The offseason is inevitably a period of projection and speculation, which makes it the ideal time to ponder the hypotheticals that the Pittsburgh Steelers will face over the course of the next year, whether it is addressing free agency, the draft, performance on the field, or some more ephemeral topic.
That is what I will look to address in our Buy or Sell series. In each installment, I will introduce a topic statement and weigh some of the arguments for either buying it (meaning that you agree with it or expect it to be true) or selling it (meaning you disagree with it or expect it to be false).
The range of topics will be intentionally wide, from the general to the specific, from the immediate to that in the far future. And as we all tend to have an opinion on just about everything, I invite you to share your own each morning on the topic statement of the day.
Topic Statement: Jordan Dangerfield is a roster lock to make the team.
Explanation: The Steelers have four safeties returning from last season’s 53-man roster. After adding two this offseason, they feel like they are likely to carry five into the season. Dangerfield has been with the team longer than any of them, and is the most-veteran player outside of Curtis Riley, in addition to being one of their staple special teams players.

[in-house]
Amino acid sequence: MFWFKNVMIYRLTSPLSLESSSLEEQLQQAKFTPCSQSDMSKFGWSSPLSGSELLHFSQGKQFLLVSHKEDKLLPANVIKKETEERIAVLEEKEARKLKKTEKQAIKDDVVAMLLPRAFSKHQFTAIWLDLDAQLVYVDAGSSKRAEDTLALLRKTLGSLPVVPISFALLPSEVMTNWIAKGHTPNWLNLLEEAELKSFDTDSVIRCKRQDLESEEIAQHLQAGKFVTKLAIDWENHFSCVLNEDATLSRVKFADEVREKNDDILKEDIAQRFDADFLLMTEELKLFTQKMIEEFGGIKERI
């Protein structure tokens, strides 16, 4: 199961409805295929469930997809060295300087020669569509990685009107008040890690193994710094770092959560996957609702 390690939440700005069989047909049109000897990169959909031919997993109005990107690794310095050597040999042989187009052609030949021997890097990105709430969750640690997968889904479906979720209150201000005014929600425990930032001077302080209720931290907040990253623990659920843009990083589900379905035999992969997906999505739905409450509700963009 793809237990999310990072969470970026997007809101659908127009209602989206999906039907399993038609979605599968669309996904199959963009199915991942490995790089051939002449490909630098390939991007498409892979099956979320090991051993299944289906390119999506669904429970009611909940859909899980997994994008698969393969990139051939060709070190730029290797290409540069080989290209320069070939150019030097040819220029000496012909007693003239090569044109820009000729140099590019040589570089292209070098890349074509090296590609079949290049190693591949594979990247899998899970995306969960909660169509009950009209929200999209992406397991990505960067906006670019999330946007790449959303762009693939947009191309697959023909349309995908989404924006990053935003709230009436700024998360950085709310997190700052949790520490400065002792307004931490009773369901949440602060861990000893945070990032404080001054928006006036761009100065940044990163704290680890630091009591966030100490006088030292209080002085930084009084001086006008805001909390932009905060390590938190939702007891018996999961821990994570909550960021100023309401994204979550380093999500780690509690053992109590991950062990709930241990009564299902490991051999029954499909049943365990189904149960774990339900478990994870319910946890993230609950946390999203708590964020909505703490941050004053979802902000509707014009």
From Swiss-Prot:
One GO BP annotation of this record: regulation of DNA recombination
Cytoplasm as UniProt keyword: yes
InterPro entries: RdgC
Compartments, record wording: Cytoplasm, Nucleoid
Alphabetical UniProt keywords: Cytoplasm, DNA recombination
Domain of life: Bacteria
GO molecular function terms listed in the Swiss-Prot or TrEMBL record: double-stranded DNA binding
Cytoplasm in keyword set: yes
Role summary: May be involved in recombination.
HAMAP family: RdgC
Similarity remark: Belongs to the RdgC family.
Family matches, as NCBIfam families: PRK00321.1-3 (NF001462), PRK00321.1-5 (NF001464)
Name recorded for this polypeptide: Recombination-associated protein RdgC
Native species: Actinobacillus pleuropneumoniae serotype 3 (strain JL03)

The Steelers lost Roosevelt Nix, Anthony Chickillo, Tyler Matakevich, Sean Davis, L.J. Fort, Darrius Heyward-Bey, and Johnny Holton, among other players, from their special teams units over the past two seasons. This year, they’ve had only a few weeks of on-field work and no preseason games to figure out how to put their special teams units together.
This is not the time to voluntarily remove one of your most important special teams players from the equation. Dangerfield is one of the few players who brings consistency to the unit. And it’s not as though he is entirely incapable of playing on defense. If he had to get on the field, he could do a representative job of it and not hurt the team. He just hasn’t been in that position for a while.
The fact that the team has been willing to readily move on from players like Nix, Chickillo, Heyward-Bey, and Holton should tell you something. They know that, while you don’t want to have a lot of turnover on any unit, special teams is still a secondary priority, and you can make do with what you have to, as long as you have the right players.
They have brought in guys like Derek Watt who will be contributors. Marcus Allen, rookie Antoine Brooks, and the veteran Riley are all capable of logging a significant number of snaps on special teams at the safety position alone. I would still say that Dangerfield is more likely to make the team than not, but he’s not a lock, in part because I think they want to keep Brooks growing. Plus, Allen’s versatility working at inside linebacker gives him a further edge.